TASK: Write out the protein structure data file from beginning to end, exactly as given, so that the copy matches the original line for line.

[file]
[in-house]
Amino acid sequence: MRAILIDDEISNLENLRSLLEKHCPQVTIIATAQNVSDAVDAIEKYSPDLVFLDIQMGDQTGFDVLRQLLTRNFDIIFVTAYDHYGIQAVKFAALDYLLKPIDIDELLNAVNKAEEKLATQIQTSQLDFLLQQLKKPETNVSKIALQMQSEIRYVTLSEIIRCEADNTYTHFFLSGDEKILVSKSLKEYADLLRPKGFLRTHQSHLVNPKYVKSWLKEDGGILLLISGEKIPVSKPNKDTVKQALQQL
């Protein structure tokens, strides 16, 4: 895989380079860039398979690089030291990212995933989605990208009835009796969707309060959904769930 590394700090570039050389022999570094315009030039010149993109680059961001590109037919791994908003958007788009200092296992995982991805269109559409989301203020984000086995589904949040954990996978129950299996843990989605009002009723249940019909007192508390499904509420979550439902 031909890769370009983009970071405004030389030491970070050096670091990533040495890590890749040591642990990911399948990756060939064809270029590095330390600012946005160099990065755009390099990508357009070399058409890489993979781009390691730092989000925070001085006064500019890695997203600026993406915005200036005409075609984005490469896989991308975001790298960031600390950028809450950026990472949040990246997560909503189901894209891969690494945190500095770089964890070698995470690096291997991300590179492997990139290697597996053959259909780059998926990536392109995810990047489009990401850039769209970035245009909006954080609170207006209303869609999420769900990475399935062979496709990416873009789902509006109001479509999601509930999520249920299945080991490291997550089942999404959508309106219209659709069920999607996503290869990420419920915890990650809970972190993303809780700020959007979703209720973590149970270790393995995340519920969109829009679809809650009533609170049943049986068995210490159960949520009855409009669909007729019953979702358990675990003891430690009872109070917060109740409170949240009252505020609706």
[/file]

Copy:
[in-house]
Amino acid sequence: MRAILIDDEISNLENLRSLLEKHCPQVTIIATAQNVSDAVDAIEKYSPDLVFLDIQMGDQTGFDVLRQLLTRNFDIIFVTAYDHYGIQAVKFAALDYLLKPIDIDELLNAVNKAEEKLATQIQTSQLDFLLQQLKKPETNVSKIALQMQSEIRYVTLSEIIRCEADNTYTHFFLSGDEKILVSKSLKEYADLLRPKGFLRTHQSHLVNPKYVKSWLKEDGGILLLISGEKIPVSKPNKDTVKQALQQL
């Protein structure tokens, strides 16, 4: 895989380079860039398979690089030291990212995933989605990208009835009796969707309060959904769930 590394700090570039050389022999570094315009030039010149993109680059961001590109037919791994908003958007788009200092296992995982991805269109559409989301203020984000086995589904949040954990996978129950299996843990989605009002009723249940019909007192508390499904509420979550439902 031909890769370009983009970071405004030389030491970070050096670091990533040495890590890749040591642990990911399948990756060939064809270029590095330390600012946005160099990065755009390099990508357009070399058409890489993979781009390691730092989000925070001085006064500019890695997203600026993406915005200036005409075609984005490469896989991308975001790298960031600390950028809450950026990472949040990246997560909503189901894209891969690494945190500095770089964890070698995470690096291997991300590179492997990139290697597996053959259909780059998926990536392109995810990047489009990401850039769209970035245009909006954080609170207006209303869609999420769900990475399935062979496709990416873009789902509006109001479509999601509930999520249920299945080991490291997550089942999404959508309106219209659709069920999607996503290869990420419920915890990650809970972190993303809780700020959007979703209720973590149970270790393995995340519920969109829009679809809650009533609170049943049986068995210490159960949520009855409009669909007729019953979702358990675990003891430690009872109070917060109740409170949240009252505020609706």